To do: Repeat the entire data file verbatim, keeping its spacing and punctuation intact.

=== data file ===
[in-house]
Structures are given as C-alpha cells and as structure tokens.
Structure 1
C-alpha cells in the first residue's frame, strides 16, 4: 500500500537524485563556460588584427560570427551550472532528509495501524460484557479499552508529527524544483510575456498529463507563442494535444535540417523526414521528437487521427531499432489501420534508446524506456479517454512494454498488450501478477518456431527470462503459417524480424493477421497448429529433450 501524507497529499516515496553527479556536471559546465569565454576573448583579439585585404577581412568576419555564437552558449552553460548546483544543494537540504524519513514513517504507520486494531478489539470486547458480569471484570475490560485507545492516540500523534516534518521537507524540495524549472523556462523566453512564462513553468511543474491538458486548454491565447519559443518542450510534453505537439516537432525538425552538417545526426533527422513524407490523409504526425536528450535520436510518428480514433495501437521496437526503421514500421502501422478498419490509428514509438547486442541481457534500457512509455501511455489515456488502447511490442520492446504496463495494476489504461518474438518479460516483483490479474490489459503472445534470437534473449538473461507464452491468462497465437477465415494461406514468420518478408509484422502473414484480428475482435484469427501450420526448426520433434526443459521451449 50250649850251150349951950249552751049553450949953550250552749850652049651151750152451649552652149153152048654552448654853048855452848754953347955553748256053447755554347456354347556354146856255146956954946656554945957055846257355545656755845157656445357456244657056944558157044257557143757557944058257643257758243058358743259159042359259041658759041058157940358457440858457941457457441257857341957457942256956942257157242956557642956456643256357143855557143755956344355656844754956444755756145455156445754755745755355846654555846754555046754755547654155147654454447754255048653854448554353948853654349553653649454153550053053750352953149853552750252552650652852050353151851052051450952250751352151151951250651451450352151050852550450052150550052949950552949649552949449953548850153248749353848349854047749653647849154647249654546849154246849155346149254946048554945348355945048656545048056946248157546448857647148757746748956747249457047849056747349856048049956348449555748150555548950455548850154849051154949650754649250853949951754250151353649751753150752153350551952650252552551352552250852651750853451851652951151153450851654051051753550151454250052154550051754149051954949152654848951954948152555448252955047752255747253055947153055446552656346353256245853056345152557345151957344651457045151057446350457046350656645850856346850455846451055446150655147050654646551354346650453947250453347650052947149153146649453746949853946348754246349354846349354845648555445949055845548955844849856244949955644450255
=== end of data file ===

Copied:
[in-house]
Structures are given as C-alpha cells and as structure tokens.
Structure 1
C-alpha cells in the first residue's frame, strides 16, 4: 500500500537524485563556460588584427560570427551550472532528509495501524460484557479499552508529527524544483510575456498529463507563442494535444535540417523526414521528437487521427531499432489501420534508446524506456479517454512494454498488450501478477518456431527470462503459417524480424493477421497448429529433450 501524507497529499516515496553527479556536471559546465569565454576573448583579439585585404577581412568576419555564437552558449552553460548546483544543494537540504524519513514513517504507520486494531478489539470486547458480569471484570475490560485507545492516540500523534516534518521537507524540495524549472523556462523566453512564462513553468511543474491538458486548454491565447519559443518542450510534453505537439516537432525538425552538417545526426533527422513524407490523409504526425536528450535520436510518428480514433495501437521496437526503421514500421502501422478498419490509428514509438547486442541481457534500457512509455501511455489515456488502447511490442520492446504496463495494476489504461518474438518479460516483483490479474490489459503472445534470437534473449538473461507464452491468462497465437477465415494461406514468420518478408509484422502473414484480428475482435484469427501450420526448426520433434526443459521451449 50250649850251150349951950249552751049553450949953550250552749850652049651151750152451649552652149153152048654552448654853048855452848754953347955553748256053447755554347456354347556354146856255146956954946656554945957055846257355545656755845157656445357456244657056944558157044257557143757557944058257643257758243058358743259159042359259041658759041058157940358457440858457941457457441257857341957457942256956942257157242956557642956456643256357143855557143755956344355656844754956444755756145455156445754755745755355846654555846754555046754755547654155147654454447754255048653854448554353948853654349553653649454153550053053750352953149853552750252552650652852050353151851052051450952250751352151151951250651451450352151050852550450052150550052949950552949649552949449953548850153248749353848349854047749653647849154647249654546849154246849155346149254946048554945348355945048656545048056946248157546448857647148757746748956747249457047849056747349856048049956348449555748150555548950455548850154849051154949650754649250853949951754250151353649751753150752153350551952650252552551352552250852651750853451851652951151153450851654051051753550151454250052154550051754149051954949152654848951954948152555448252955047752255747253055947153055446552656346353256245853056345152557345151957344651457045151057446350457046350656645850856346850455846451055446150655147050654646551354346650453947250453347650052947149153146649453746949853946348754246349354846349354845648555445949055845548955844849856244949955644450255